Meet the Canadian Athlete Changing Sports' Attitude to Gender

Kristen Worley is taking the International Olympic Committee to court.
Kristen Worley in an interview with CTV Canada National News Desk. Worley, a transitioned athlete, alleges the International Olympic Committee has infringed her human rights with its policies on hormone regulation. CTV News

"This case is not about men or women or transgender athletes. It's about how we accept each other as human beings," Kristen Worley tells Newsweek.

What if everything you thought you knew about the line dividing men and women in sport was wrong?

It's simple, isn't it? You're born a girl or boy, grow up into a woman or a man. You compete like that, win medals like it, die like it. Your gender is a fixed entity, immutable, constant.

Simple? It's not a word you hear Kristen Worley, an elite cyclist, use very often.

Worley is a female athlete who has transitioned from male to female. She has undergone sex reassignment surgery, so she no longer produces any sex hormones—no testosterone or estrogen. And that, given her profession, is a fundamental problem.

The courageous Canadian sportswoman is taking on the International Olympic Committee (IOC) and four other major sports governing bodies in a landmark lawsuit that starts on February 29.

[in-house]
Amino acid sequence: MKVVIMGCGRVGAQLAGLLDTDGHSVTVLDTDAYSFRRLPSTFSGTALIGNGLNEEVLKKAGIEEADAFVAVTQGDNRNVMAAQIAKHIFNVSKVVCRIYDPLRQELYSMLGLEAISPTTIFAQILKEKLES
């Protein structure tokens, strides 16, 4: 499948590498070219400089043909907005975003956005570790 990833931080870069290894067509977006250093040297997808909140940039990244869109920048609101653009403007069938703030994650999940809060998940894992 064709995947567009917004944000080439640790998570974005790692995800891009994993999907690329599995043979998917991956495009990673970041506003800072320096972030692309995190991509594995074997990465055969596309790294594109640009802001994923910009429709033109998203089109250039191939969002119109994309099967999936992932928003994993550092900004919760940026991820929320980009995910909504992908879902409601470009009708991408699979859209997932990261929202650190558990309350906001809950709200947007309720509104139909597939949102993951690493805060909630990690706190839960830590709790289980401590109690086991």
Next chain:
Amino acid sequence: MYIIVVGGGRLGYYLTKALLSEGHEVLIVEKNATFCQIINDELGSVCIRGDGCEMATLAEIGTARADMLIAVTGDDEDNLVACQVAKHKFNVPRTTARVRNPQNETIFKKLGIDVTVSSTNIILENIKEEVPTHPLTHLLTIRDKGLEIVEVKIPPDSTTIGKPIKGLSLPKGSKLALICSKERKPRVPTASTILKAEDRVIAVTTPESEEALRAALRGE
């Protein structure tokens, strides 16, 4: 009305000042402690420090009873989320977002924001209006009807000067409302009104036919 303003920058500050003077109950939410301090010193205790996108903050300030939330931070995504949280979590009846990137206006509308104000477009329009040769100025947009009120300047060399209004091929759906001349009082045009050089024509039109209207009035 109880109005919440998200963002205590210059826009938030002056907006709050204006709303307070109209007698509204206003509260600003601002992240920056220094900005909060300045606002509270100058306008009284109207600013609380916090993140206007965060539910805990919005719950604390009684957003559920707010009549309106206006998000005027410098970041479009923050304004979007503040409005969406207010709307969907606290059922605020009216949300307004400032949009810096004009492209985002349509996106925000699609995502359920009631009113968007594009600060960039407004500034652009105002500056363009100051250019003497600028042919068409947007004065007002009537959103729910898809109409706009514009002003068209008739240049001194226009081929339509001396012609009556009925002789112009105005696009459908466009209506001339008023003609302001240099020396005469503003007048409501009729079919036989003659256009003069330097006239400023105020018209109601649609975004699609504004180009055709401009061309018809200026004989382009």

She alleges that the IOC's policies on hormone regulation make it dangerous for transgender athletes to compete by forcing them to suppress their testosterone levels to a point that endangers their health.

These policies have already changed twice during the course of her more than decade-long campaign. But, Worley still believes they discriminate against athletes who have successfully changed their gender.

Her case asks pressing questions of how sports' governing bodies distinguish between men and women. But it also has the potential to inspire more athletes to exercise their human rights, by setting a legal precedent—opening up sports-based disputes to courts of law rather than courts of arbitration, where they have traditionally been heard.

"A fully transitioned male-to-female person has no source of testosterone," explains Adrian Dobs MD, professor of endocrinology at Johns Hopkins University in Baltimore, Maryland. "The controversy comes with the question of whether that person, in addition to being treated with estrogen, needs a low level of testosterone similar to a biological woman who has testosterone coming from her ovaries."

It is a controversy magnified in sports, where testosterone is crucial to recovery after strenuous effort. "High-performance females have elevated levels of testosterone," Worley says. "The issue is that the IOC [International Olympic Committee] doesn't interpret women as having any."

The IOC defines male and female athletes in large part by their testosterone levels.